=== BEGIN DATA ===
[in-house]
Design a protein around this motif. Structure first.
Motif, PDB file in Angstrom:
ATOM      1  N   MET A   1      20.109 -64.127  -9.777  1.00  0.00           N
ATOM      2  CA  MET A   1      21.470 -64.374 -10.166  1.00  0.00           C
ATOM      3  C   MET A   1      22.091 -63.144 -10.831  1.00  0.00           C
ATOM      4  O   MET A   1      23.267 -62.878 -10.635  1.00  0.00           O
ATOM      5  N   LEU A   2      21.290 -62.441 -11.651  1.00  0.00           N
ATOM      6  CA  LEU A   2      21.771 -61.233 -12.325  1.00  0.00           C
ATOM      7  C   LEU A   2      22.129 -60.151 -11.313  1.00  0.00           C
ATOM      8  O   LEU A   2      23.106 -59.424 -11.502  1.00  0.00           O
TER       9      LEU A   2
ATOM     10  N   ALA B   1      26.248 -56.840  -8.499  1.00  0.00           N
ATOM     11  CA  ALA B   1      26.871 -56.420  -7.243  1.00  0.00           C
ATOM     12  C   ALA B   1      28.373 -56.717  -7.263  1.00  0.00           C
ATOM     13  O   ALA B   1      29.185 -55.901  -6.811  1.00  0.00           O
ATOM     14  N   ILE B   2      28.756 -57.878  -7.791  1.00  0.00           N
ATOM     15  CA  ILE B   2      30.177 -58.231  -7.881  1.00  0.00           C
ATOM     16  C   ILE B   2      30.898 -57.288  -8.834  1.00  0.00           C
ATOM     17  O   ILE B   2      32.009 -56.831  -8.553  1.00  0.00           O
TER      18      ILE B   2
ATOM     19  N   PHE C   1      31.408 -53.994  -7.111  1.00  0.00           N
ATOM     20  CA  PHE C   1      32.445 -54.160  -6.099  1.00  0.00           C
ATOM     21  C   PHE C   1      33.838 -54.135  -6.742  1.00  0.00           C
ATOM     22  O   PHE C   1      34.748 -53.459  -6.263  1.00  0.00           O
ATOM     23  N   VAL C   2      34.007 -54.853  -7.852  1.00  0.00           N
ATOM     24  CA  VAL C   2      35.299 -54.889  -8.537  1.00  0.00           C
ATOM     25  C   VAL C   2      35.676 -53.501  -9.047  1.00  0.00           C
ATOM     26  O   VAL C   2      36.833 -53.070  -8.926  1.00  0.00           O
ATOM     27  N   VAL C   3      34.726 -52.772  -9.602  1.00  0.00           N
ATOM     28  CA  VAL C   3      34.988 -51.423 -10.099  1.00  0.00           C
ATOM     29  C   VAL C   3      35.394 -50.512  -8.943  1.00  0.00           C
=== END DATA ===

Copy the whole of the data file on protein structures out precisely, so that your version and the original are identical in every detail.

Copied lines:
[in-house]
Design a protein around this motif. Structure first.
Motif, PDB file in Angstrom:
ATOM      1  N   MET A   1      20.109 -64.127  -9.777  1.00  0.00           N
ATOM      2  CA  MET A   1      21.470 -64.374 -10.166  1.00  0.00           C
ATOM      3  C   MET A   1      22.091 -63.144 -10.831  1.00  0.00           C
ATOM      4  O   MET A   1      23.267 -62.878 -10.635  1.00  0.00           O
ATOM      5  N   LEU A   2      21.290 -62.441 -11.651  1.00  0.00           N
ATOM      6  CA  LEU A   2      21.771 -61.233 -12.325  1.00  0.00           C
ATOM      7  C   LEU A   2      22.129 -60.151 -11.313  1.00  0.00           C
ATOM      8  O   LEU A   2      23.106 -59.424 -11.502  1.00  0.00           O
TER       9      LEU A   2
ATOM     10  N   ALA B   1      26.248 -56.840  -8.499  1.00  0.00           N
ATOM     11  CA  ALA B   1      26.871 -56.420  -7.243  1.00  0.00           C
ATOM     12  C   ALA B   1      28.373 -56.717  -7.263  1.00  0.00           C
ATOM     13  O   ALA B   1      29.185 -55.901  -6.811  1.00  0.00           O
ATOM     14  N   ILE B   2      28.756 -57.878  -7.791  1.00  0.00           N
ATOM     15  CA  ILE B   2      30.177 -58.231  -7.881  1.00  0.00           C
ATOM     16  C   ILE B   2      30.898 -57.288  -8.834  1.00  0.00           C
ATOM     17  O   ILE B   2      32.009 -56.831  -8.553  1.00  0.00           O
TER      18      ILE B   2
ATOM     19  N   PHE C   1      31.408 -53.994  -7.111  1.00  0.00           N
ATOM     20  CA  PHE C   1      32.445 -54.160  -6.099  1.00  0.00           C
ATOM     21  C   PHE C   1      33.838 -54.135  -6.742  1.00  0.00           C
ATOM     22  O   PHE C   1      34.748 -53.459  -6.263  1.00  0.00           O
ATOM     23  N   VAL C   2      34.007 -54.853  -7.852  1.00  0.00           N
ATOM     24  CA  VAL C   2      35.299 -54.889  -8.537  1.00  0.00           C
ATOM     25  C   VAL C   2      35.676 -53.501  -9.047  1.00  0.00           C
ATOM     26  O   VAL C   2      36.833 -53.070  -8.926  1.00  0.00           O
ATOM     27  N   VAL C   3      34.726 -52.772  -9.602  1.00  0.00           N
ATOM     28  CA  VAL C   3      34.988 -51.423 -10.099  1.00  0.00           C
ATOM     29  C   VAL C   3      35.394 -50.512  -8.943  1.00  0.00           C